The obsession begins when you're a little kid strolling along the beach. Suddenly you stop dead in your tracks. Peeking out of the sand is a stunning shell, former home to a slimy mollusk, now a piece of calcified art, unique as a fingerprint, tinted in a rainbow of pastel colors, swirled with a strange landscape of ridges and crevices. You grab it for a closer look, then realize you can't put it back. You must keep it, and you must have more. That's how it happened for Elizabeth Brown, a member of the Greater Miami Shell Club since 1995. "They come in so many different shapes, colors, and textures," Brown notes about her passion, "but it always starts with one grungy little shell you find as a child."
This weekend South Florida shell enthusiasts will relive the thrill of that first find at the club's 38th annual show, the theme of which is "Shelling -- Looking Forward and Looking Back." On the agenda: some 35 exhibits, both artistic and scientific, featuring specimens from all over the world. To commemorate the millennium, organizers are resurrecting a few exhibits left over from events in the Seventies. Brown, the show's chairperson, estimates that collectors will display 2500 shells, no two exactly alike.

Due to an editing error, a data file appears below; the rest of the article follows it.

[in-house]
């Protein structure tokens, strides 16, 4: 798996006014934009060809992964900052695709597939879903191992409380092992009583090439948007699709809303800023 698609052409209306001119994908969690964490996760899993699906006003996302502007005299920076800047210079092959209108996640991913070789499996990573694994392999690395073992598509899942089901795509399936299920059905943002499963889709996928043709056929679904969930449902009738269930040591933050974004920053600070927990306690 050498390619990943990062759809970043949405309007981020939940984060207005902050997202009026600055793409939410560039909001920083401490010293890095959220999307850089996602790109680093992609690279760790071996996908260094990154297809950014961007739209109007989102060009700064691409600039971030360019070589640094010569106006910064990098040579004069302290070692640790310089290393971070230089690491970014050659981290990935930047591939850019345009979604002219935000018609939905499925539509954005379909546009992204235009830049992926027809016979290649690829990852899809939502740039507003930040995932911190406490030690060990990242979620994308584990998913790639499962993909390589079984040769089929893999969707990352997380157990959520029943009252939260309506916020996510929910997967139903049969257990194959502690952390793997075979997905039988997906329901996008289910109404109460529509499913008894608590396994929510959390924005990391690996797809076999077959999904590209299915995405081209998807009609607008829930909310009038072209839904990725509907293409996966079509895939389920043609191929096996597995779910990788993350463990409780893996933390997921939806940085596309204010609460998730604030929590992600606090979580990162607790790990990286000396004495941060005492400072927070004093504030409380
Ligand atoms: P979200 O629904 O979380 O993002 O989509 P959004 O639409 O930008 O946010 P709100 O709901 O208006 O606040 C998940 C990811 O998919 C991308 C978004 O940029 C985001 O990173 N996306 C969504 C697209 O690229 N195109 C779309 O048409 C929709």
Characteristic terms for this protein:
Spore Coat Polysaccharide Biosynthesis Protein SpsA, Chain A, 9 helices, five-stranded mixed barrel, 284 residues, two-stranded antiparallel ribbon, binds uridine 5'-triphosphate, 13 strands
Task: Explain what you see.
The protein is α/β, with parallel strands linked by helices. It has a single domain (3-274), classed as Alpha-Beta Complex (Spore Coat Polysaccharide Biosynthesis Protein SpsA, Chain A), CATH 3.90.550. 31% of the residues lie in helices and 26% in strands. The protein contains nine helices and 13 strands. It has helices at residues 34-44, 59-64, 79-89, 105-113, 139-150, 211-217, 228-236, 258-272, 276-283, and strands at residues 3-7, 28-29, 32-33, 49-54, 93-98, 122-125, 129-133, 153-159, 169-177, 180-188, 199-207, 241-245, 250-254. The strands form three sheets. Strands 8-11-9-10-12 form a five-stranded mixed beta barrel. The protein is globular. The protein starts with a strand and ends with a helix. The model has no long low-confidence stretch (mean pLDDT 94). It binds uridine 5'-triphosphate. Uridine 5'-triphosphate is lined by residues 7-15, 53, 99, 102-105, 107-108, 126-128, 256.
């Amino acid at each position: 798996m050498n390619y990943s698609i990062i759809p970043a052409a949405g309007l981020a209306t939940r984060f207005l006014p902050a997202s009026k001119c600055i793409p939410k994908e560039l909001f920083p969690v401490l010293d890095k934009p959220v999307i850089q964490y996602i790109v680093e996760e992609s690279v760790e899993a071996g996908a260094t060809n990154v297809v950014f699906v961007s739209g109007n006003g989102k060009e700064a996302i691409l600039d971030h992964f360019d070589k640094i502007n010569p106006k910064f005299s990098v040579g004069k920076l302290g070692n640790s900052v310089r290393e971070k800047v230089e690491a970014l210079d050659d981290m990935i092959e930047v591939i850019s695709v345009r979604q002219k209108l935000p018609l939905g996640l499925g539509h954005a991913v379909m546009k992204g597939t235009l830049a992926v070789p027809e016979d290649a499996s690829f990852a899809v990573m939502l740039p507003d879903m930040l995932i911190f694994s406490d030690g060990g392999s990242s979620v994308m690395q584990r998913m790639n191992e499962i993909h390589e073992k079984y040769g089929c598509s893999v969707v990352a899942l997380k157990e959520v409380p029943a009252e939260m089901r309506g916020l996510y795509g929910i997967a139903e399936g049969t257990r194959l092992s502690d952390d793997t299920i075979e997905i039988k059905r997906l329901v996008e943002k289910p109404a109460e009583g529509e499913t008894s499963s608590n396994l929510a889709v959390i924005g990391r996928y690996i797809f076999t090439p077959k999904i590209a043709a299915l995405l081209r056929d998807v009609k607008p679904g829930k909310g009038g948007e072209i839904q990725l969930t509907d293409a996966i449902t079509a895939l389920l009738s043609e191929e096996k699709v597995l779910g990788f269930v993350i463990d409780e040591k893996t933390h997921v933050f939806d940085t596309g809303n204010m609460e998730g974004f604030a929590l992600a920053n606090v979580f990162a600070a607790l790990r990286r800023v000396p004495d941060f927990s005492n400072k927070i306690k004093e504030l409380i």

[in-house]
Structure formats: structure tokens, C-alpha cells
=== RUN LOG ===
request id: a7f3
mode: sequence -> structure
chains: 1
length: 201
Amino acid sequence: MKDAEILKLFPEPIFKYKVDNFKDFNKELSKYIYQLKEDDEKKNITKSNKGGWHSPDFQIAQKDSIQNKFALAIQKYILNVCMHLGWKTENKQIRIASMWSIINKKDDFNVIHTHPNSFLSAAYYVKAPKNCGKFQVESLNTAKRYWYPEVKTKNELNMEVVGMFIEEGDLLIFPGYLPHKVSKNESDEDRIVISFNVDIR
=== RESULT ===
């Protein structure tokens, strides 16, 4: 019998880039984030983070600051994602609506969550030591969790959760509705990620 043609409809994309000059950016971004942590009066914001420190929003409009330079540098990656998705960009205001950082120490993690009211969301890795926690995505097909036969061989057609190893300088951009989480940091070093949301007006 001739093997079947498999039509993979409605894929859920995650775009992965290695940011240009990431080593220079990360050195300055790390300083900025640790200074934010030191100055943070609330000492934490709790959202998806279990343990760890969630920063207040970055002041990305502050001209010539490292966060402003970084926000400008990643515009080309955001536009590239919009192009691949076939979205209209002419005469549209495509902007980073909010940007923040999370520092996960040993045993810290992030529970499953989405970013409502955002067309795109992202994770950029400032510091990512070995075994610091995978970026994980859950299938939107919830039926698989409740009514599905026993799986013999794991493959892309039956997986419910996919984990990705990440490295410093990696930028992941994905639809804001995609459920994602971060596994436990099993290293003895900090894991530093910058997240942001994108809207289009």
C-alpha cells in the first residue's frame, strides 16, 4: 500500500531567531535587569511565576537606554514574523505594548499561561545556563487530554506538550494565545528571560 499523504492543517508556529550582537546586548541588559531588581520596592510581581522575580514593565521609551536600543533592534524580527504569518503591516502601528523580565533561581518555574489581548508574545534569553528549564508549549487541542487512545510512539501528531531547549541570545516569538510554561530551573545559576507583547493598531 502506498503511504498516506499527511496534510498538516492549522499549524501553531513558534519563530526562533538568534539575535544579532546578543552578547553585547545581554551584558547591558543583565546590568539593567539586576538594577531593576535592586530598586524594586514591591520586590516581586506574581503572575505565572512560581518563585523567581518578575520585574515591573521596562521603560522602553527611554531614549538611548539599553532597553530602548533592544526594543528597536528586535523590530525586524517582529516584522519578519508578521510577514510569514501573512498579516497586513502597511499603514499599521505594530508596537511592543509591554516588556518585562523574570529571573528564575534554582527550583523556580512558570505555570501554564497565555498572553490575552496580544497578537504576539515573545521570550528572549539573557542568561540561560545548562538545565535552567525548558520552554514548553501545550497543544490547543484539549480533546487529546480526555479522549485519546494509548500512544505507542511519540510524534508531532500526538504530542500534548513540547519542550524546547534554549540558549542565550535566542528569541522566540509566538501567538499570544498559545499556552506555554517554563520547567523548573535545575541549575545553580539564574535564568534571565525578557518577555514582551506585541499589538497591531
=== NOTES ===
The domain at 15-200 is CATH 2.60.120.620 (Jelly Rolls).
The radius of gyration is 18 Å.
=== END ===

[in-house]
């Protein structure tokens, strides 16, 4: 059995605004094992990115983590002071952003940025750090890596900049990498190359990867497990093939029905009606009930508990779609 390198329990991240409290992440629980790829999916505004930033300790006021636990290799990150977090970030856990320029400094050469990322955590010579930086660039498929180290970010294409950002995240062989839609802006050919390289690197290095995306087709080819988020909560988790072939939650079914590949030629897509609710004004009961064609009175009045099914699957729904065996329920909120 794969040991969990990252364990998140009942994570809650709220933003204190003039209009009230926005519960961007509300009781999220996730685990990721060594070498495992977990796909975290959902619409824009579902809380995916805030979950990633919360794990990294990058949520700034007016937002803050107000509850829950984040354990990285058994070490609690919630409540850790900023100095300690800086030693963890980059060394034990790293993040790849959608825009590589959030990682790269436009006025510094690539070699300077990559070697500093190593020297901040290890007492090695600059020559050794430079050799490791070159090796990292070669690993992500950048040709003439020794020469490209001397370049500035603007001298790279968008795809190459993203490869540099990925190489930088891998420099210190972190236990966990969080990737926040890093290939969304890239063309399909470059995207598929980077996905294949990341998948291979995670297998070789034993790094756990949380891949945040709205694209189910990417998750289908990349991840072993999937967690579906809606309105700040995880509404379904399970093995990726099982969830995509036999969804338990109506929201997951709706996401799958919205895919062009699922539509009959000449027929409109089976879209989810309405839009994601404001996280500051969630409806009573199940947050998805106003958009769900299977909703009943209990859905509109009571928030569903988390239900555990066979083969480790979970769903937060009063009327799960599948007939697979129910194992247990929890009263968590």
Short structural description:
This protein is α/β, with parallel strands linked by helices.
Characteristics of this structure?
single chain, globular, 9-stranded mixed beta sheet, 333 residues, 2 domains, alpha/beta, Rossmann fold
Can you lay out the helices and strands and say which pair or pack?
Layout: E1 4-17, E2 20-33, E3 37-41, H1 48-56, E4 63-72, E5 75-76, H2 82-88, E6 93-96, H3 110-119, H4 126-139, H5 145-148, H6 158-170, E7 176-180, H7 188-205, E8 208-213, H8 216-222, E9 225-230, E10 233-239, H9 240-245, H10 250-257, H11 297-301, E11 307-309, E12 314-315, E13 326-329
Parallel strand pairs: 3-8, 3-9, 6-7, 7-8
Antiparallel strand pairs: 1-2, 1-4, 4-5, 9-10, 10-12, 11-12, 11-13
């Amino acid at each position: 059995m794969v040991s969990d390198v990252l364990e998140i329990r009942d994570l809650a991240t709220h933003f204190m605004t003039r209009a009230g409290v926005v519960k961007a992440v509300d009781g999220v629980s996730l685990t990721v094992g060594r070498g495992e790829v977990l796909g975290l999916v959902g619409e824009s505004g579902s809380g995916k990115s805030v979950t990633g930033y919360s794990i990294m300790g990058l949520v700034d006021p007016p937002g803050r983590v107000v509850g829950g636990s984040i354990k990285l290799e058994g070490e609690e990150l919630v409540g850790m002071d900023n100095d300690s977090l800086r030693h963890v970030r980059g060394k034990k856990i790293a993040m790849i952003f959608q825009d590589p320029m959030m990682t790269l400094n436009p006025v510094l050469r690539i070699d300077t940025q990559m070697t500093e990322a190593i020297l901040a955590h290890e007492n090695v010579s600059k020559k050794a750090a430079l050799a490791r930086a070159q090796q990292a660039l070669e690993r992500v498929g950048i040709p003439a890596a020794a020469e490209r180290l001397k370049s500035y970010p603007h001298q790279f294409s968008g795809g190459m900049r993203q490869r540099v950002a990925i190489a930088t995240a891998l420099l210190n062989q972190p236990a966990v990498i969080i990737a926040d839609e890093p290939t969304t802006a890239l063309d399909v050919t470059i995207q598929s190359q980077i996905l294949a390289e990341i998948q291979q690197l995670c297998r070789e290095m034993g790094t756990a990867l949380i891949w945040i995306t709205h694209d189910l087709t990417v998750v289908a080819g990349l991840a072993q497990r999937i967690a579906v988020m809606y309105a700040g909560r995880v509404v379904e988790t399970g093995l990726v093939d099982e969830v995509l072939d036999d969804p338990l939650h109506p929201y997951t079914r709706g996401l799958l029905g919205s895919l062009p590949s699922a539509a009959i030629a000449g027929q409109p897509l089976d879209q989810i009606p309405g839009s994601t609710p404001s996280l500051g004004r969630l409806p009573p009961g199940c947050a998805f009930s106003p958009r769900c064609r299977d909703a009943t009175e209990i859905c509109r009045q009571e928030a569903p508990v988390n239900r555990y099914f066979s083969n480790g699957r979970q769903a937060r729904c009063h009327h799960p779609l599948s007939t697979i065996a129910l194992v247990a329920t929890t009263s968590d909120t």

Admission is free, but shell lovers will still have a chance to, well, shell out some cash. Prominent dealers from Hawaii, California, and Florida will be peddling their wares, which can cost as much as $1000. As with other collectibles, the value of shells depends on scarcity and condition. But if you're not a hard-core collector with big bucks, you can take home a 25-cent bauble that just catches your fancy.
The show is a commercial marketplace, but above all else, it's an educational forum. Some of the scientific exhibits are carefully researched scholarly works about the biology and origins of the shells. Brown herself will exhibit a collection that took her two years to assemble: 62 pen shells (named for their cylindrical shape) that come from far-flung beaches in Panama, Brazil, and the Mediterranean, among other places.
A slew of awards as varied as the shells themselves will go to the show's best exhibits. Highly anticipated is the millennium trophy, given to the most attractive shell. What might this beautiful bivalve, this gorgeous gastropod look like? "It will probably be unusually shaped," Brown speculates. "It's something that makes you want to pick it up, that makes you want to roll it over in your hand.... If it's interesting, that's the most beautiful kind of shell."
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